Unintended Consequences

After the terrorist attacks of 9/11, cockpit doors were strengthened and locked.  The intention was to keep the bad guys out of the cockpit.

Last week, a GermanWings pilot intentionally crashed his plane into a mountainside in France.

Who knew that one of the bad guys was going to be flying the plane?

Unintended consequences.


Fifty years ago, NFL players played football without helmets, or with flimsy leather headgear.  Over the years, helmet technology has improved, and now football players play with helmets that are designed to thoroughly protect the head.  Yet there have never been so many head injuries in football.  Why is that?

One of the unintended consequences of putting on helmets is that players now lead with their heads.  On every play, offensive and defensive linemen smash each other in the heads.    If you add up the number of head collisions that players experience in pee-wee football, high school football, college football, and then professional football, it’s possible that some players experience 10,000 head collisions in their career.

Football has a concussion problem.  It looks like a situation of unintended consequences.


If you take any medication, read the package insert.  Go past the pharmacology section, and the indications, and you’ll find a section entitled “Adverse Reactions”.  You think of them as side effects.

They are unintended consequences.

No one ever takes a medication with the intent of experiencing a side effect.  But it happens a lot.  Check out the percentages of adverse reactions in a package insert.


Unintended consequences happen in other areas too.  Like in our personal lives.  It is such a common theme that it is baked into our language.  “I didn’t sign up for this”.  It means that we have unintended consequences in our relationships, and from our behavior.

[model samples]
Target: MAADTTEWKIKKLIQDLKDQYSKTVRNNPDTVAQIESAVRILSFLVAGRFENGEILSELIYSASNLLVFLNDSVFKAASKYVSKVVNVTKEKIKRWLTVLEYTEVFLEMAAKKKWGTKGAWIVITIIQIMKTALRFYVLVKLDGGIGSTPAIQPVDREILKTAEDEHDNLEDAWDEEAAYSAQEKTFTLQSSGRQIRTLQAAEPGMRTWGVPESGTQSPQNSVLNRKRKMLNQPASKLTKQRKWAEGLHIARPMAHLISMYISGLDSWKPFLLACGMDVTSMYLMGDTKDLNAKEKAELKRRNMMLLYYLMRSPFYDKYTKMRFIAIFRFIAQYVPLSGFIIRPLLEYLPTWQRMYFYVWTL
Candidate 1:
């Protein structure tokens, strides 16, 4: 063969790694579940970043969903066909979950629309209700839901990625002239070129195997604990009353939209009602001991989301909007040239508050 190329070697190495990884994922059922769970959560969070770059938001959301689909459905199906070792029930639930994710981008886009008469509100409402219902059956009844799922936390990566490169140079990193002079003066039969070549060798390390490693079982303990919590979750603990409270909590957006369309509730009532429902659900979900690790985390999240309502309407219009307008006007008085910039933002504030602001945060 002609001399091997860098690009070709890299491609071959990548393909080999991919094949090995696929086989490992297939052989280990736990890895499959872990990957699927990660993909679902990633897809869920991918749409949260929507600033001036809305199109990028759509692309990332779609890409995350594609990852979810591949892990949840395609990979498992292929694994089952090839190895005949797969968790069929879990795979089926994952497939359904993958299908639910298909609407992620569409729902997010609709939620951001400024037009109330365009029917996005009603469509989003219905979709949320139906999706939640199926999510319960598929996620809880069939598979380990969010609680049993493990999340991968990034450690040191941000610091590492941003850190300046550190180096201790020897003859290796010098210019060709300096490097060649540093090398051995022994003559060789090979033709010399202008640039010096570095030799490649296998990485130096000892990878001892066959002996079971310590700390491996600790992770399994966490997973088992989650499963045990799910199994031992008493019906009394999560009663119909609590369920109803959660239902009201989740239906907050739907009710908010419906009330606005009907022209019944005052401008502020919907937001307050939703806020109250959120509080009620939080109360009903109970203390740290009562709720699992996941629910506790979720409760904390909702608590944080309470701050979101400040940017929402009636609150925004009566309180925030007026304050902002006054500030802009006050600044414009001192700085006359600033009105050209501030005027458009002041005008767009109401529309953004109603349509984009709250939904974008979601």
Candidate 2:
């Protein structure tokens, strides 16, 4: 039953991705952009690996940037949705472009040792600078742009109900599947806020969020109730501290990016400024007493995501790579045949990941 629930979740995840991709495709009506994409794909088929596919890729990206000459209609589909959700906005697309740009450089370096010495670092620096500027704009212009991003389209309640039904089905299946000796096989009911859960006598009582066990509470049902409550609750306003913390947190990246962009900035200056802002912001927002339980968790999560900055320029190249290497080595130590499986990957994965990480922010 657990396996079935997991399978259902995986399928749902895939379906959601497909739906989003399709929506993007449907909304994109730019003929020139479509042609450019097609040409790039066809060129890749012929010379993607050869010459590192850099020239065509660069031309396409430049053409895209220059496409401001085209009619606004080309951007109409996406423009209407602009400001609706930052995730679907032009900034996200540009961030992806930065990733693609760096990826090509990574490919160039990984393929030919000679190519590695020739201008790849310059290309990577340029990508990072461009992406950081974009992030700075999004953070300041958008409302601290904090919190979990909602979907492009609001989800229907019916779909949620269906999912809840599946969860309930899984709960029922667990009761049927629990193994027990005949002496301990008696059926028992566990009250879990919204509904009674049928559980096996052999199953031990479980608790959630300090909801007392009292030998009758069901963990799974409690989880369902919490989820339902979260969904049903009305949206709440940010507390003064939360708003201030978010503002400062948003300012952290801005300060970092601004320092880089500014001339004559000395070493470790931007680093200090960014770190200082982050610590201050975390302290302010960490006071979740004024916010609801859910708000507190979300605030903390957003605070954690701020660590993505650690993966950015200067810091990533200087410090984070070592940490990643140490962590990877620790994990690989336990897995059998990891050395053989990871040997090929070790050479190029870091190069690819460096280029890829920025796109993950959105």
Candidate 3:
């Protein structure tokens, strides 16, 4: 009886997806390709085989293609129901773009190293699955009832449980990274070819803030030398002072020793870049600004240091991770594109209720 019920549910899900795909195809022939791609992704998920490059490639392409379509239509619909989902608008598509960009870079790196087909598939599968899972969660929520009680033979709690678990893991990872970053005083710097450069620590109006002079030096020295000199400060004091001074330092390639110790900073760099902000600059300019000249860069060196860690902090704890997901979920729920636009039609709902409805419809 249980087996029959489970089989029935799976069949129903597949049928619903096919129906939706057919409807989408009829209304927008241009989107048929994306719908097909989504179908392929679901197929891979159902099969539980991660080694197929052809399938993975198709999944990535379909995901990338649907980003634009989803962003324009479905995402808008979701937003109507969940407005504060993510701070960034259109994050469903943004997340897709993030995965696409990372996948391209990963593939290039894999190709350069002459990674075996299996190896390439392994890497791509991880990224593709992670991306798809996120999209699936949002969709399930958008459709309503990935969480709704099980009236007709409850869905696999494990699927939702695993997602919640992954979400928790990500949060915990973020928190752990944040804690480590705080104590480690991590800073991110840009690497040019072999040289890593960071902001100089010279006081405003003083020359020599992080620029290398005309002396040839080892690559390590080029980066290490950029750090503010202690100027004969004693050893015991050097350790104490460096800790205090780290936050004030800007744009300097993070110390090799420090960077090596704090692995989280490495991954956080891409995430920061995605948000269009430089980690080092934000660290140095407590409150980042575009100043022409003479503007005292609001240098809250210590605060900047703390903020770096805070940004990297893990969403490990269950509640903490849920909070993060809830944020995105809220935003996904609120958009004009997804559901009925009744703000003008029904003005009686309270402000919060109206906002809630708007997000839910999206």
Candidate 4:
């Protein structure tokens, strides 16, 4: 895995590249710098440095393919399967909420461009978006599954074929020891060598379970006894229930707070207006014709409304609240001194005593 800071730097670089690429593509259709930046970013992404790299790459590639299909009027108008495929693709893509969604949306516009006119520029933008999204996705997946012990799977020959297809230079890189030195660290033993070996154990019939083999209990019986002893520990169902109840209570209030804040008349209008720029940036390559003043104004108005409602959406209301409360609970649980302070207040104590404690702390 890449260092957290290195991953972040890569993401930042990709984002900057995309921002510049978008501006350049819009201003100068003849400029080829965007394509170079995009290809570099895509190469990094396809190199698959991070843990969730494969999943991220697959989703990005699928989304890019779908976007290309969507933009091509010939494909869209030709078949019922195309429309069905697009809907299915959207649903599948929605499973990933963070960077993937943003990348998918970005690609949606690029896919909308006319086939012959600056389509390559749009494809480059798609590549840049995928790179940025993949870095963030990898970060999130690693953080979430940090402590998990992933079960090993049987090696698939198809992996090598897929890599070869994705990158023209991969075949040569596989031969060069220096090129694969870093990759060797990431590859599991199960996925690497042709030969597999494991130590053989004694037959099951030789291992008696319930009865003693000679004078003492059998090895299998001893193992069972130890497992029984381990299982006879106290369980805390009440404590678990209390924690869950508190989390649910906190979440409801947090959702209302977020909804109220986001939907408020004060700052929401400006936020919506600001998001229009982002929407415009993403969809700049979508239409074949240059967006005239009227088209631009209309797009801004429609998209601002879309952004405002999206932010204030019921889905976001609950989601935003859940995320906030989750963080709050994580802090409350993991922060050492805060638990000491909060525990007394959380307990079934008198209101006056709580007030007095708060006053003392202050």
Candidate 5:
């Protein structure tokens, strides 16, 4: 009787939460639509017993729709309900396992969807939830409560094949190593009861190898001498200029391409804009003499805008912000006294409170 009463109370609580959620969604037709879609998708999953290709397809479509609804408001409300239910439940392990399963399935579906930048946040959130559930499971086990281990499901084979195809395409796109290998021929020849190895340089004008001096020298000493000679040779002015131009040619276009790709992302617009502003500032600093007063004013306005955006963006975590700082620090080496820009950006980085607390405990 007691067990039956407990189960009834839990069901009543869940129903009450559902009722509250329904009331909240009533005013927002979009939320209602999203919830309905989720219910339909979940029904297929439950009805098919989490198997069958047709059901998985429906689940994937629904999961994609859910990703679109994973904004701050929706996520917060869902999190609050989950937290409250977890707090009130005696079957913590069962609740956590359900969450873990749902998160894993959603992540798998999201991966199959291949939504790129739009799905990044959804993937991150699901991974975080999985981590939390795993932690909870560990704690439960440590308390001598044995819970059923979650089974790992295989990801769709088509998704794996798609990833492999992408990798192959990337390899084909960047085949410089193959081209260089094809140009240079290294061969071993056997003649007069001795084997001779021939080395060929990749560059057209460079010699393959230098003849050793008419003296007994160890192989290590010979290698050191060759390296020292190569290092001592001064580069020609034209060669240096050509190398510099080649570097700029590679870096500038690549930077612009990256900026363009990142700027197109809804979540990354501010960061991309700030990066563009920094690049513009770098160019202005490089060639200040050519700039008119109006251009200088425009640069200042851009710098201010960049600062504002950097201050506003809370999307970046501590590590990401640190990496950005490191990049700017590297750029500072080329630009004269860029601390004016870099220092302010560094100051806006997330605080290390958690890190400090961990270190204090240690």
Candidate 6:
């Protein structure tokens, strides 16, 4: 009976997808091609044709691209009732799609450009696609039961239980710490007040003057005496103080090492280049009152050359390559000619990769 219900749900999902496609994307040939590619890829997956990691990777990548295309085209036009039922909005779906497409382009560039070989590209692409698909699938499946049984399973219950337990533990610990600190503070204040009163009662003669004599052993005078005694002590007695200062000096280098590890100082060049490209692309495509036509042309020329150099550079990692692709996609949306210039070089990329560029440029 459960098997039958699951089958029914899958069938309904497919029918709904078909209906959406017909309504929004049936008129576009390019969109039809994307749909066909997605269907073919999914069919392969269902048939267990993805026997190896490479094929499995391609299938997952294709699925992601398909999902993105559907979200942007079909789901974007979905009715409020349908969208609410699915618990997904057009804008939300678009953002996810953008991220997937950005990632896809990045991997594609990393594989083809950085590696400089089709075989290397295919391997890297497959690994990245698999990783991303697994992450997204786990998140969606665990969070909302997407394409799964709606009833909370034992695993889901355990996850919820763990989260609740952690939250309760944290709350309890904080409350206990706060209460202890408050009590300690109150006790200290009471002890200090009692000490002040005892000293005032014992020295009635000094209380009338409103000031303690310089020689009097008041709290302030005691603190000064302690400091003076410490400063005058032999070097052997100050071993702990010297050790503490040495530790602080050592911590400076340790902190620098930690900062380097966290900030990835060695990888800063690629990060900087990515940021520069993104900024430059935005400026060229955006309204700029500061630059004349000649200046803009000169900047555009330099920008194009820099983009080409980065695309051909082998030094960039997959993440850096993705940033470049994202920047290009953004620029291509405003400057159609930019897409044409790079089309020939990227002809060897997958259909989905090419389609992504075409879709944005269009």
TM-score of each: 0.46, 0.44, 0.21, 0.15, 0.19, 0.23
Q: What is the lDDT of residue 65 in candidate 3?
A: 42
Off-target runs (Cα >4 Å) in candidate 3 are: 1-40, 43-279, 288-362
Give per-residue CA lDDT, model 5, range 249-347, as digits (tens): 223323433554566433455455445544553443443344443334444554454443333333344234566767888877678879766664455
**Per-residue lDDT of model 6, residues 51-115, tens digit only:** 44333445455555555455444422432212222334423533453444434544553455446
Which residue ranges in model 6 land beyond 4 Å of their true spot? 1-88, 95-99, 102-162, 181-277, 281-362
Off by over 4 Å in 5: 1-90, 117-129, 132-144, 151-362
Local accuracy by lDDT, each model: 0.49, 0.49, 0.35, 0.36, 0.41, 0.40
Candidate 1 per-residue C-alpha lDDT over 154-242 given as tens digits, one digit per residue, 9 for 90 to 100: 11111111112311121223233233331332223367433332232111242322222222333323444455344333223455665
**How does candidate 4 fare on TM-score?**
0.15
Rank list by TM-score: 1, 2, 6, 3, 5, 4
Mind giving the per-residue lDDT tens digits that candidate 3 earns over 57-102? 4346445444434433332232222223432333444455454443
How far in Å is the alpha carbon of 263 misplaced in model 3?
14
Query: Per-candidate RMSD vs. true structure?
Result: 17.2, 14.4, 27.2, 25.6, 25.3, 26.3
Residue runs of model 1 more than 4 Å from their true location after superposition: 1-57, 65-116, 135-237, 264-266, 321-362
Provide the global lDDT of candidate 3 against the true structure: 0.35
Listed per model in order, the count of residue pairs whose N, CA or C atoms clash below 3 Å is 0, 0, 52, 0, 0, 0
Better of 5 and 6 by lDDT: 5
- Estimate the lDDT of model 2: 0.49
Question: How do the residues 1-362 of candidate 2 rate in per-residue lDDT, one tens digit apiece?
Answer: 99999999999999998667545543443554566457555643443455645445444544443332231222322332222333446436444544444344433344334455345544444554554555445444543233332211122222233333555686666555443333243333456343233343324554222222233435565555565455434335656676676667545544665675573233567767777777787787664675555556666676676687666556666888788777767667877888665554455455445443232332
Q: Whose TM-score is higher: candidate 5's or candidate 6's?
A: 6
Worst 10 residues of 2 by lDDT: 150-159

I have a running conversation with several people around the theme of “I didn’t sign up for this”.  What we mean, and what our conversations are about, are those unintended consequences of relationships- death, despair, sometimes divorce.

I wonder how often Theresa looks at me and thinks “I didn’t sign up for this”?


Have you ever seen a TV commercial where two young people enter an elevator, experience an immediate attraction to each other, and then they have a “flash forward” experience where they see the next 50 years of their lives together?

They always leave the elevator quickly, without speaking to each other again.


We have another sentence in our language- “be careful what you ask for, because you just might get it”.  That’s another aspect of unintended consequences.  I want something, and at the same time, I don’t realize that it isn’t good for me.


I spend a lot of time thinking about predictions.  My work involves making predictions.  So does my life.  Yours life does too.

Where will you work?  How much money do you need for retirement?  How long will you live?  Where will you live?  What will your future look like?

There is a good book about making predictions, called “The Signal and the Noise”, by Nate Silver.  It is about making predictions in areas like financial markets, mortgage markets, weather forecasting, baseball statistics and earthquakes.

One of the things he says is that it helps to have a lot of historic data if you’re making predictions.  He notes that it is easier to predict baseball outcomes, because there are thousands of records of baseball games, and lots of statistics.  It isn’t so easy to predict earthquakes, because there aren’t that many of them.

How do I predict human relationships, when I haven’t had many of them?


By the way, not all unintended consequences are bad.  I asked a lovely young lady for her phone number at a party in 1985.  I had no intention of marrying her.  I just wanted her phone number.

But I’m glad I asked her.  It’s working out well so far.



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